Like the Boy Scout motto says: be prepared.
As in, be prepared to take advantage of a break in winter weather to get out and do some metal detecting.
I did that Monday, the day after Christmas, and it paid off. My wife says I’m obsessed with our local weather forecast and, to a point, she is correct; she knows the reason why, too. I’d been paying attention to our local weather reports for a couple of days before Christmas Day, seeing that the twenty-sixth might produce an opportunity to break out the AT Pro and head for an abandoned farm I’d been hunting. Christmas night, before heading for bed, the weatherguessers said we’d have intermittent rain showers the next day, with high temps reaching the low 60s.
Key word: intermittent. It was like going to bed on Christmas Eve all over again.
As is customary, I was up at 0430 hours; the first thing I did after getting the coffee pot going was to look at the weather on my smarter-than-me phone. The hourly forecast said the rains wouldn’t arrive until around 1100 hrs. This being late December, though, it wouldn’t be light enough to hunt until around 8 am or so, leaving me a three-hour window to squeeze one in…. if the forecasters were right.
It does happen occasionally.
My bride, who doesn’t arise at 0430, knew I was preparing to go detecting even before I donned my outdoor clothes when she got up at 0730. She could tell by my giddiness.
“Got a good forecast, huh?”, she said as she sipped her Tim Horton’s black gold, a twinkle in my redhead’s green eyes.
“Yep. If they’re right I have a three-hour window at worst; at best, 5 hours.” I check multiple weather sites on the internet and it’s not uncommon for their forecasts to be divergent.
I dressed, loaded up the GMC with my gear, kissed my wife and took off for my spot, which is about ten minutes away. The sun had broken through the low, scudding clouds a few times but, for the most part, it was overcast. That didn’t matter; it was late December, headed for sixty degrees and I was out metal detecting.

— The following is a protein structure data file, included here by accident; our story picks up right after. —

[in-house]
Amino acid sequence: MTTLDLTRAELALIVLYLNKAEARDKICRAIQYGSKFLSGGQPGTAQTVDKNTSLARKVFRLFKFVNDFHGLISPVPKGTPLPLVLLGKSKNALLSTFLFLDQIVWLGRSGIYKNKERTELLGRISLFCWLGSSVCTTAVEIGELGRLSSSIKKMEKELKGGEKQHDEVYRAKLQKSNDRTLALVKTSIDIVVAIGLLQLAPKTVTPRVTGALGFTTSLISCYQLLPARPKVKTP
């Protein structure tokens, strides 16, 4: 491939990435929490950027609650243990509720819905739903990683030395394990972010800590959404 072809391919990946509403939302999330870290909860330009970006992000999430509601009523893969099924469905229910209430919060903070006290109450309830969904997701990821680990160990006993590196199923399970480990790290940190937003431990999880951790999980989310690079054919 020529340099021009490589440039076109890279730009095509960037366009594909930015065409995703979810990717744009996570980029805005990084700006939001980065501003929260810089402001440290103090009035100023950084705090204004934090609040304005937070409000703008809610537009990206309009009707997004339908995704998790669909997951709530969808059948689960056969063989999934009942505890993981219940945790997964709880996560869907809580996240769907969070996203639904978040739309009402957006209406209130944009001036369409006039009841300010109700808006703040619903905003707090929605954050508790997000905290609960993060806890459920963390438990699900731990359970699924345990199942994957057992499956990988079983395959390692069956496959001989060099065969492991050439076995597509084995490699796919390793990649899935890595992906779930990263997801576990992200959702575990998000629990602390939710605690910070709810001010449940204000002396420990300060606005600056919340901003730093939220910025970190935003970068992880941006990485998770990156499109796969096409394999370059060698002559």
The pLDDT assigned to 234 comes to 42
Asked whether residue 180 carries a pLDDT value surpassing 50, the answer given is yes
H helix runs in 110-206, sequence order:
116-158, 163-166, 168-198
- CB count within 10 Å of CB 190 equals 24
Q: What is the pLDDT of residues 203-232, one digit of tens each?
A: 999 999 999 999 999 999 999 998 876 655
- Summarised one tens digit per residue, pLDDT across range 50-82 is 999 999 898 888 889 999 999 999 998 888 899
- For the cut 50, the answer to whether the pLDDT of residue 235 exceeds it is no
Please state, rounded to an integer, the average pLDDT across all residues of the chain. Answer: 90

Five minutes after turning my Garrett on, I dug my first target: a wheat cent, which for some reason I love. Not a bad start, especially since I found it in the area where the drive used to be; on three prior visits, I’d hit that section of the property pretty hard.
I intended to head for a wooded area, about fifty yards from the house, knowing the ground would still be frost-free there, and I was right. Along the way I dug a few targets, finding four handgun bullets, mystified by their reddish color. Once inside the treeline, though, I found it a little tough-going; there were numerous thorn bush clusters which I had to work around, wondering how many targets I’d be missing as I did so.
At the base of one of the larger trees ( we always hit the base of large trees, don’t we? ) my AT delivered a high pitched tone, reading out between 85-90; digging it, I uncovered a copper cylindrical object…the metal base of an old, glass door knob. Unfortunately, after cleaning it, I discovered there were no markings on it. I put it in one of the leg pouches of the blue BDUs I wear when scanning in a wooded area. The thicker material helps keep those thorns from penetrating the cloth and impaling my legs.
I dug a few more bullets and trashy targets, working my way to an area directly west of the farm house, about a hundred yards away. By this time it was about 1015 am.
And it started to rain.
I hate hunting in the rain. Excavations turn into mud holes. Plus, the stock headphones I was using weren’t waterproof and I didn’t want to ruin them. Time to head for the truck, realizing that, once again, the weatherguessers had been wrong by 45 minutes, in the ‘worst-case’ forecast.
When ending a hunting session, I always keep my metal detector on while walking back to the truck; you just never know when you just might hit that one target signal.
That would prove to be the case today.
While still inside the treeline I hit on a high-toned target, believing it would probably be an aluminum object. I dug down about four inches, checked the hole with my pin pointer and discovered the target was already out. Glancing at the clump I’d removed, I saw it: a rounded silver edge!
Plucking it from the dirt, I brushed it off a little and saw that I’d recovered a Standing Liberty Quarter! Donning my reading glasses, I was pleased to see a date: 1923! The last SLQ I’d dug was worn smooth where the date is stamped, and I’d watched a few videos on YouTube showing that to be a common condition.
I filled the hole back in and trudged the distance to my truck, satisfied with this abbreviated, damp session and knowing I’d be back in those woods the next time we were due for a break in the weather.
Maybe next week? In Ohio, you just never know.